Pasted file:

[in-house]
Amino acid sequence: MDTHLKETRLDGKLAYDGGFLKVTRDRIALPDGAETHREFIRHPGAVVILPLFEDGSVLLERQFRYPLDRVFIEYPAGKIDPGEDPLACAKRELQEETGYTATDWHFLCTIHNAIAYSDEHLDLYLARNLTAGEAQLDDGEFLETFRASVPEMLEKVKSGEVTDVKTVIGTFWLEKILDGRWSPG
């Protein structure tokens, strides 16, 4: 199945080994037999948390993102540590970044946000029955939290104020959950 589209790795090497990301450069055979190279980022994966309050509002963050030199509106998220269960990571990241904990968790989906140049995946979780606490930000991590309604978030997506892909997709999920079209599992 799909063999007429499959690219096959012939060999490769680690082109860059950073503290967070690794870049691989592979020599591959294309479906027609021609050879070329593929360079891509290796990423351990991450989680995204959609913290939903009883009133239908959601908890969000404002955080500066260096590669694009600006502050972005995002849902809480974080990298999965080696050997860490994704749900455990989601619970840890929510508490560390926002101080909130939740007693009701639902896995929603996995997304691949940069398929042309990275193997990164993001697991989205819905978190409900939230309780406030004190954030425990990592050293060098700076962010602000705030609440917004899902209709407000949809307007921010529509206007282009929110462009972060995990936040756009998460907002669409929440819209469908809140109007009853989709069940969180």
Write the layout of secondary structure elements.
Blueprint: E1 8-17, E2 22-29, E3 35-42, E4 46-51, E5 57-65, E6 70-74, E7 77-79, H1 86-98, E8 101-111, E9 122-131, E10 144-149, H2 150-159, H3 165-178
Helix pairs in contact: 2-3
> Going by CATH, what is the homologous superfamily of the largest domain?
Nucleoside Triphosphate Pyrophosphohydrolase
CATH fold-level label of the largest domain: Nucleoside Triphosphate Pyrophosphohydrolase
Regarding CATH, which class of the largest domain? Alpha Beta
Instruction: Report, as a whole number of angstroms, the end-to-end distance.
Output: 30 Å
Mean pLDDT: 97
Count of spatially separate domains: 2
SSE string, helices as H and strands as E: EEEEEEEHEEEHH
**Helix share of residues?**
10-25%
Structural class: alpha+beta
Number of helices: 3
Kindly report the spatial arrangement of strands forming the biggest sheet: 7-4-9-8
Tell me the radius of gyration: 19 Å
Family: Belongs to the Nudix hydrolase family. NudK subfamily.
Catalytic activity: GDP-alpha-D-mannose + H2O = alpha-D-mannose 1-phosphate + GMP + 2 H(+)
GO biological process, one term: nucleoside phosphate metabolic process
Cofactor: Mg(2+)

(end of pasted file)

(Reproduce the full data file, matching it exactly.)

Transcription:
[in-house]
Amino acid sequence: MDTHLKETRLDGKLAYDGGFLKVTRDRIALPDGAETHREFIRHPGAVVILPLFEDGSVLLERQFRYPLDRVFIEYPAGKIDPGEDPLACAKRELQEETGYTATDWHFLCTIHNAIAYSDEHLDLYLARNLTAGEAQLDDGEFLETFRASVPEMLEKVKSGEVTDVKTVIGTFWLEKILDGRWSPG
């Protein structure tokens, strides 16, 4: 199945080994037999948390993102540590970044946000029955939290104020959950 589209790795090497990301450069055979190279980022994966309050509002963050030199509106998220269960990571990241904990968790989906140049995946979780606490930000991590309604978030997506892909997709999920079209599992 799909063999007429499959690219096959012939060999490769680690082109860059950073503290967070690794870049691989592979020599591959294309479906027609021609050879070329593929360079891509290796990423351990991450989680995204959609913290939903009883009133239908959601908890969000404002955080500066260096590669694009600006502050972005995002849902809480974080990298999965080696050997860490994704749900455990989601619970840890929510508490560390926002101080909130939740007693009701639902896995929603996995997304691949940069398929042309990275193997990164993001697991989205819905978190409900939230309780406030004190954030425990990592050293060098700076962010602000705030609440917004899902209709407000949809307007921010529509206007282009929110462009972060995990936040756009998460907002669409929440819209469908809140109007009853989709069940969180």
Write the layout of secondary structure elements.
Blueprint: E1 8-17, E2 22-29, E3 35-42, E4 46-51, E5 57-65, E6 70-74, E7 77-79, H1 86-98, E8 101-111, E9 122-131, E10 144-149, H2 150-159, H3 165-178
Helix pairs in contact: 2-3
> Going by CATH, what is the homologous superfamily of the largest domain?
Nucleoside Triphosphate Pyrophosphohydrolase
CATH fold-level label of the largest domain: Nucleoside Triphosphate Pyrophosphohydrolase
Regarding CATH, which class of the largest domain? Alpha Beta
Instruction: Report, as a whole number of angstroms, the end-to-end distance.
Output: 30 Å
Mean pLDDT: 97
Count of spatially separate domains: 2
SSE string, helices as H and strands as E: EEEEEEEHEEEHH
**Helix share of residues?**
10-25%
Structural class: alpha+beta
Number of helices: 3
Kindly report the spatial arrangement of strands forming the biggest sheet: 7-4-9-8
Tell me the radius of gyration: 19 Å
Family: Belongs to the Nudix hydrolase family. NudK subfamily.
Catalytic activity: GDP-alpha-D-mannose + H2O = alpha-D-mannose 1-phosphate + GMP + 2 H(+)
GO biological process, one term: nucleoside phosphate metabolic process
Cofactor: Mg(2+)